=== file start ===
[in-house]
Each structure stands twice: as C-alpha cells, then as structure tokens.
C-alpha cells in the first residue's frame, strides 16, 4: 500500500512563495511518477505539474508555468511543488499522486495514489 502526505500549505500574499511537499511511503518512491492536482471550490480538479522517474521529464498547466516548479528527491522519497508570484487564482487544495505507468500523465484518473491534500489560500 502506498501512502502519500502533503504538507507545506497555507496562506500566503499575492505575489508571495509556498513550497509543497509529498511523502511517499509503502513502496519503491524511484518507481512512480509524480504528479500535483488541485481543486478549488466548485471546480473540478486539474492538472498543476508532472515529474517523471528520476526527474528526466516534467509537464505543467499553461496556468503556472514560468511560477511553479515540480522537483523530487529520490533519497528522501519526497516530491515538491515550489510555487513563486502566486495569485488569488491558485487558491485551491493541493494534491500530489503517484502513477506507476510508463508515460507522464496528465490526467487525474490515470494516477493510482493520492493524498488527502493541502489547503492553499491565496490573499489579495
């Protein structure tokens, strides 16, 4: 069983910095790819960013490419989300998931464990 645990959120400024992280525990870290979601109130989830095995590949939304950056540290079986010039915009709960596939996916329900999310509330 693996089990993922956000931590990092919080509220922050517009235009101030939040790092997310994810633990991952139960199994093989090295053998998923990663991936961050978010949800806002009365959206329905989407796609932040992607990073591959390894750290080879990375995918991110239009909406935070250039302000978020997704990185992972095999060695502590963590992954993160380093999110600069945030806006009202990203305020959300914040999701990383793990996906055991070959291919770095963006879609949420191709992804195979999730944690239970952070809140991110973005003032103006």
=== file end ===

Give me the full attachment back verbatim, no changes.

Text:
[in-house]
Each structure stands twice: as C-alpha cells, then as structure tokens.
C-alpha cells in the first residue's frame, strides 16, 4: 500500500512563495511518477505539474508555468511543488499522486495514489 502526505500549505500574499511537499511511503518512491492536482471550490480538479522517474521529464498547466516548479528527491522519497508570484487564482487544495505507468500523465484518473491534500489560500 502506498501512502502519500502533503504538507507545506497555507496562506500566503499575492505575489508571495509556498513550497509543497509529498511523502511517499509503502513502496519503491524511484518507481512512480509524480504528479500535483488541485481543486478549488466548485471546480473540478486539474492538472498543476508532472515529474517523471528520476526527474528526466516534467509537464505543467499553461496556468503556472514560468511560477511553479515540480522537483523530487529520490533519497528522501519526497516530491515538491515550489510555487513563486502566486495569485488569488491558485487558491485551491493541493494534491500530489503517484502513477506507476510508463508515460507522464496528465490526467487525474490515470494516477493510482493520492493524498488527502493541502489547503492553499491565496490573499489579495
């Protein structure tokens, strides 16, 4: 069983910095790819960013490419989300998931464990 645990959120400024992280525990870290979601109130989830095995590949939304950056540290079986010039915009709960596939996916329900999310509330 693996089990993922956000931590990092919080509220922050517009235009101030939040790092997310994810633990991952139960199994093989090295053998998923990663991936961050978010949800806002009365959206329905989407796609932040992607990073591959390894750290080879990375995918991110239009909406935070250039302000978020997704990185992972095999060695502590963590992954993160380093999110600069945030806006009202990203305020959300914040999701990383793990996906055991070959291919770095963006879609949420191709992804195979999730944690239970952070809140991110973005003032103006």